Day 3: Free Day in Palermo
Today is a free day to enjoy the city. Make the most of your time there with these recommended activities:
- See art at the Museum of Tiles Stanze al Genio and Palazzo Abatellis
- Catch a performance at the Teatro Massimo, Italy's largest opera house
- Haggle for your lunch or the perfect pair of vintage jeans at the Ballaro Market, Palermo's largest open-air food market
- Soak in the sunshine and sea breeze at the Foro Italico, a large public garden along Palermo's seafront
- Explore the Villa Giulia, a sprawling 18th-century complex of botanical gardens & sculptures
- Relax on Mondello Beach and enjoy the sand and beautiful clean water
- Spend a few hours in the Galleria Regionale, a 15th-century neo-Gothic castle, to see medieval and Renaissance art pieces
- Explore the Museo Archeological Regionale to see one of the richest collections of Punic and Ancient Greek art in Italy, as well as many Sicilian historical artifacts
- See a performance at the Teatro Massimo opera house, the largest in Italy
- Go shopping in the colorful Vucciria Market to buy lunch and fresh seafood
Day 4: Palermo Catacombs & Monreale Cathedral
Spend the day discovering two of Palermo's favorite attractions on this five-hour half-day tour. Head first to the Capuchin Catacombs, a somewhat macabre attraction and final resting place for thousands of mummified bodies. The mummies, many of whom were priests, are preserved in period dress starting from the 16th century through the early 20th.
Break for Sicilian coffee and sweet treats before heading to the 12th-century UNESCO-listed Monreale Cathedral, famous for its Norman and Arabic architecture. The Cathedral is famous for its ornate cloisters and bright gold mosaics, which feature a variety of biblical stories.
Enjoy lunch at an open-air café in a medieval piazza, then spend a lazy afternoon browsing for souvenirs and enjoying the sunshine in a city park or on the beach.
Day 5: Transfer to Syracuse, Afternoon Ortygia Tour
After breakfast, hit the road for the four-hour trip to Syracuse, a historic city in southeast Sicily next to the Gulf of Syracuse. The city is renowned for its rich Greek history and architecture, particularly the many amphitheaters that decorate the city squares. Syracuse is also famous as the birthplace of engineer and mathematician Archimedes. With over 2,700 years of history and culture, Syracuse was long regarded as one of the major powers in the Mediterranean.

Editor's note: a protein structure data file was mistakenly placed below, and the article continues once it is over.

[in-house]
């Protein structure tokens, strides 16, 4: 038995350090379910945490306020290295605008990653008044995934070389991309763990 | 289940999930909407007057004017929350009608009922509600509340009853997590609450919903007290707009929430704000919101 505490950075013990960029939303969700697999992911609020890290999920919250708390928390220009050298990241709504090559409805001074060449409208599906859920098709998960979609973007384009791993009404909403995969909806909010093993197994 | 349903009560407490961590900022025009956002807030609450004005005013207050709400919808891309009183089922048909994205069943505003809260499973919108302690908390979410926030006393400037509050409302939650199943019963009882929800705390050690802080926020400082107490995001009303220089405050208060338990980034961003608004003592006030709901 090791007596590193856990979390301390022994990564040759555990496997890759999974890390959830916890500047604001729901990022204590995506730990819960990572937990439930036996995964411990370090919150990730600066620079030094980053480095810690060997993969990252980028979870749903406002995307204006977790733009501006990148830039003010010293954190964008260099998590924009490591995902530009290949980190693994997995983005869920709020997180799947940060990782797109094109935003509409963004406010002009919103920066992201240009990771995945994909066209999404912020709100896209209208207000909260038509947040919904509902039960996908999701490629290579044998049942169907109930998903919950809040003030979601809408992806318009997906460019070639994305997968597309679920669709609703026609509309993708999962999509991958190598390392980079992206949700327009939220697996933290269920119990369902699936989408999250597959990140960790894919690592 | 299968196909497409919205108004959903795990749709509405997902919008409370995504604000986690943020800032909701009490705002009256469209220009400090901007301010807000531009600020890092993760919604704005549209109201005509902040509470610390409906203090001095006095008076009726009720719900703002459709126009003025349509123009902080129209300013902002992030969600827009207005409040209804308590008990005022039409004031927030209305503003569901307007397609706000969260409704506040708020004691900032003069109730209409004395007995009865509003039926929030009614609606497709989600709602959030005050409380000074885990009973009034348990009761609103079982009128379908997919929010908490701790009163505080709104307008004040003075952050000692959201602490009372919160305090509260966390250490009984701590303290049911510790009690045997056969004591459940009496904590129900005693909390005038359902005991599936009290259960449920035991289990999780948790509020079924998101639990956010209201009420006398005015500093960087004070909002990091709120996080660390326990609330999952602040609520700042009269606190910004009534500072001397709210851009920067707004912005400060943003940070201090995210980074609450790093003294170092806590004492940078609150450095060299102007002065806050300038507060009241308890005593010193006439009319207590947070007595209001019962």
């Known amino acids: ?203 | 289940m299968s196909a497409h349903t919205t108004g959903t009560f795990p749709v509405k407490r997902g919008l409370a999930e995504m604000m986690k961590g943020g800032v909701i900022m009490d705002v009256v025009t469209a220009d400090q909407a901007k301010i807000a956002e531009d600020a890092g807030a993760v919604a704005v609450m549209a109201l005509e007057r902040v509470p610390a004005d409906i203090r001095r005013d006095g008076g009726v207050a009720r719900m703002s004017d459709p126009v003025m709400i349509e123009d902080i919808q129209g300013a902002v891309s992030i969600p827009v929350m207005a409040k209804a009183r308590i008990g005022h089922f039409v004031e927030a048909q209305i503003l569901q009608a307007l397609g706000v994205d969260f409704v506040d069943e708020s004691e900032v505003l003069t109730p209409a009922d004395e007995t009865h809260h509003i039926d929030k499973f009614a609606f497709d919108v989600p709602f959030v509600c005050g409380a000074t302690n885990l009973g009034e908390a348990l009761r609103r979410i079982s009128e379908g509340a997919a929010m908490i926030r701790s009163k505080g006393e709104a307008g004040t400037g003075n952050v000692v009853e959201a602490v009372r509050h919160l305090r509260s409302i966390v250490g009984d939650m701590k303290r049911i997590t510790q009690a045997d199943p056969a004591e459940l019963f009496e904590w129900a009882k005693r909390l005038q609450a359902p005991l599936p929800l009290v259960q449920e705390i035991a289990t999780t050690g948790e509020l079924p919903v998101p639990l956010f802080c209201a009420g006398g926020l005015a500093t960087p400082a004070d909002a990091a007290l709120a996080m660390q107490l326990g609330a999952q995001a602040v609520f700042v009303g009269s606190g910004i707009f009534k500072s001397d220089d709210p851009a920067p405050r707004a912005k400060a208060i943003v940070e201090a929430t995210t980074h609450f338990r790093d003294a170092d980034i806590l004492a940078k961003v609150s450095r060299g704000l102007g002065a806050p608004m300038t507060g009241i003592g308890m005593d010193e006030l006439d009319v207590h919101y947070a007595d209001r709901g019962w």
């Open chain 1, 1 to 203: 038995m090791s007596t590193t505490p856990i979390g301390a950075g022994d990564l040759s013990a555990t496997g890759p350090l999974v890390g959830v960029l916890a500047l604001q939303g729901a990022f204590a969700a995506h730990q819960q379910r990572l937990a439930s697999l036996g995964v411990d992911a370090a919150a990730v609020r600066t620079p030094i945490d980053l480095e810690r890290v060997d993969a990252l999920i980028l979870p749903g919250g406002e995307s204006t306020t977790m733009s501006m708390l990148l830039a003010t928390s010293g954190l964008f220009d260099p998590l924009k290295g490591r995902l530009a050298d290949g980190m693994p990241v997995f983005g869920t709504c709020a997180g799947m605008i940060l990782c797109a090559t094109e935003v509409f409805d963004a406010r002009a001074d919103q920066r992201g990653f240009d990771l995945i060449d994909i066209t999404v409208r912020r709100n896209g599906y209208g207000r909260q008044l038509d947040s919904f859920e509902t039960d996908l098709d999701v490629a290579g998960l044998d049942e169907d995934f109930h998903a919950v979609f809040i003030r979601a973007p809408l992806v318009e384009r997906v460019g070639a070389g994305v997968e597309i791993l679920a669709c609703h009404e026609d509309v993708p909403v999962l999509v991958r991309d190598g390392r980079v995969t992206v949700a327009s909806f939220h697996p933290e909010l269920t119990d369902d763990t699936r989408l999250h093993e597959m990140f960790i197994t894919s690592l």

Ancient Greek Corinthians founded Syracuse and later became part of the Roman Republic and the Byzantine Empire. The great orator Cicero once described Syracuse as "the greatest Greek city and the most beautiful of them all." Together with the Necropolis of Pantalica, a series of burial chambers cut into the limestone rock, Syracuse is listed as a UNESCO World Heritage Site.
Spend the afternoon exploring the ancient ruins of the Ionian coast on a guided tour of Syracuse. Travel to the Neapolis Archaeological Park, then go for a stroll among the ruins and ancient relics together with your expert guide. Learn about the region's Greek and Roman history as you explore the architecture and enjoy a guided walking tour through Ortygia—Syracuse's beautiful old town, located on Ortygia Island, a spit of land that extends into the Mediterranean.
Enjoy traditional Mediterranean cuisine for dinner, with typical seafood dishes and local wines. Head to the city center to enjoy a drink and people-watching after dinner.
Chat with a local specialist who can help organize your trip.
Day 6: Free Day in Syracuse
Today is a free day to explore everything the city has to offer. Recommended activities include:
- Explore history at the Castello Maniace, a 13th-century citadel and castle situated on the far point of the Ortygia island promontory
- See the Arethusa Fountain, a natural fountain located on Ortygia Island along the waterfront
- Haggle for your lunch at the bustling Ortygia Street Market